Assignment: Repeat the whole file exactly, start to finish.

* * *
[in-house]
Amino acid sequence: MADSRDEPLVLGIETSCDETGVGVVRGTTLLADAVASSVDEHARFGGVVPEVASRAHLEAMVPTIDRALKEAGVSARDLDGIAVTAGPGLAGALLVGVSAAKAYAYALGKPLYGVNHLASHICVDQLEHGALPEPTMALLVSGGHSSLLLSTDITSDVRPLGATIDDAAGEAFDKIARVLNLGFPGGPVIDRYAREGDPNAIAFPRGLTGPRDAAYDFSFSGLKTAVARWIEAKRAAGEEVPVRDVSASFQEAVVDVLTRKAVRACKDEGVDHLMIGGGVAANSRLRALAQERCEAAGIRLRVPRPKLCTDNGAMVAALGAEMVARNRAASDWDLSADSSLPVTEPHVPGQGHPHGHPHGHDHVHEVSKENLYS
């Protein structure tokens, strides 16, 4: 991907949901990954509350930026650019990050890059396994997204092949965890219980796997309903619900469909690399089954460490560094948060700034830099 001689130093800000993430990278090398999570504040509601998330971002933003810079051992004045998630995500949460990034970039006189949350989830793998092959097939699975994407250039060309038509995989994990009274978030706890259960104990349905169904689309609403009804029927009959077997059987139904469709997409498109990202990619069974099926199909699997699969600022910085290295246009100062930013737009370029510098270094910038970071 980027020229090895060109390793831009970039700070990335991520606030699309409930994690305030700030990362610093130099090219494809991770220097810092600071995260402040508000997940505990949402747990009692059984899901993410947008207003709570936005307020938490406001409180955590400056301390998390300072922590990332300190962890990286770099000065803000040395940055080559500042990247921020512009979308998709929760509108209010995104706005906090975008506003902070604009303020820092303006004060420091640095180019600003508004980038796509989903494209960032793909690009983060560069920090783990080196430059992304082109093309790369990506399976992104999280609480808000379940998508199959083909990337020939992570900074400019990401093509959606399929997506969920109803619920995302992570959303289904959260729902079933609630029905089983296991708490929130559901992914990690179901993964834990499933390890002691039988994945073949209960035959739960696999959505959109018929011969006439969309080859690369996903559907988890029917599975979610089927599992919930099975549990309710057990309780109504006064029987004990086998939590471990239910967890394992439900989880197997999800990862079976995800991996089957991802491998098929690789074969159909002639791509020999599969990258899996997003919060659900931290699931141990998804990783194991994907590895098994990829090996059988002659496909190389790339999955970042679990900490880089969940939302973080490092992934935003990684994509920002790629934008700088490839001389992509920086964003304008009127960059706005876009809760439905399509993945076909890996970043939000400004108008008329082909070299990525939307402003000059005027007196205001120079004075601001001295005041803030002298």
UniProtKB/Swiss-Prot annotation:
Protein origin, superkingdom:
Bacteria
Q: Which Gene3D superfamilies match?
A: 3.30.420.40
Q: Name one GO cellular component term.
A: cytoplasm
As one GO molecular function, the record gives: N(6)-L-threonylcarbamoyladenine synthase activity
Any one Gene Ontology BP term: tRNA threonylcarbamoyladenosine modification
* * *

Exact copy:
[in-house]
Amino acid sequence: MADSRDEPLVLGIETSCDETGVGVVRGTTLLADAVASSVDEHARFGGVVPEVASRAHLEAMVPTIDRALKEAGVSARDLDGIAVTAGPGLAGALLVGVSAAKAYAYALGKPLYGVNHLASHICVDQLEHGALPEPTMALLVSGGHSSLLLSTDITSDVRPLGATIDDAAGEAFDKIARVLNLGFPGGPVIDRYAREGDPNAIAFPRGLTGPRDAAYDFSFSGLKTAVARWIEAKRAAGEEVPVRDVSASFQEAVVDVLTRKAVRACKDEGVDHLMIGGGVAANSRLRALAQERCEAAGIRLRVPRPKLCTDNGAMVAALGAEMVARNRAASDWDLSADSSLPVTEPHVPGQGHPHGHPHGHDHVHEVSKENLYS
């Protein structure tokens, strides 16, 4: 991907949901990954509350930026650019990050890059396994997204092949965890219980796997309903619900469909690399089954460490560094948060700034830099 001689130093800000993430990278090398999570504040509601998330971002933003810079051992004045998630995500949460990034970039006189949350989830793998092959097939699975994407250039060309038509995989994990009274978030706890259960104990349905169904689309609403009804029927009959077997059987139904469709997409498109990202990619069974099926199909699997699969600022910085290295246009100062930013737009370029510098270094910038970071 980027020229090895060109390793831009970039700070990335991520606030699309409930994690305030700030990362610093130099090219494809991770220097810092600071995260402040508000997940505990949402747990009692059984899901993410947008207003709570936005307020938490406001409180955590400056301390998390300072922590990332300190962890990286770099000065803000040395940055080559500042990247921020512009979308998709929760509108209010995104706005906090975008506003902070604009303020820092303006004060420091640095180019600003508004980038796509989903494209960032793909690009983060560069920090783990080196430059992304082109093309790369990506399976992104999280609480808000379940998508199959083909990337020939992570900074400019990401093509959606399929997506969920109803619920995302992570959303289904959260729902079933609630029905089983296991708490929130559901992914990690179901993964834990499933390890002691039988994945073949209960035959739960696999959505959109018929011969006439969309080859690369996903559907988890029917599975979610089927599992919930099975549990309710057990309780109504006064029987004990086998939590471990239910967890394992439900989880197997999800990862079976995800991996089957991802491998098929690789074969159909002639791509020999599969990258899996997003919060659900931290699931141990998804990783194991994907590895098994990829090996059988002659496909190389790339999955970042679990900490880089969940939302973080490092992934935003990684994509920002790629934008700088490839001389992509920086964003304008009127960059706005876009809760439905399509993945076909890996970043939000400004108008008329082909070299990525939307402003000059005027007196205001120079004075601001001295005041803030002298």
UniProtKB/Swiss-Prot annotation:
Protein origin, superkingdom:
Bacteria
Q: Which Gene3D superfamilies match?
A: 3.30.420.40
Q: Name one GO cellular component term.
A: cytoplasm
As one GO molecular function, the record gives: N(6)-L-threonylcarbamoyladenine synthase activity
Any one Gene Ontology BP term: tRNA threonylcarbamoyladenosine modification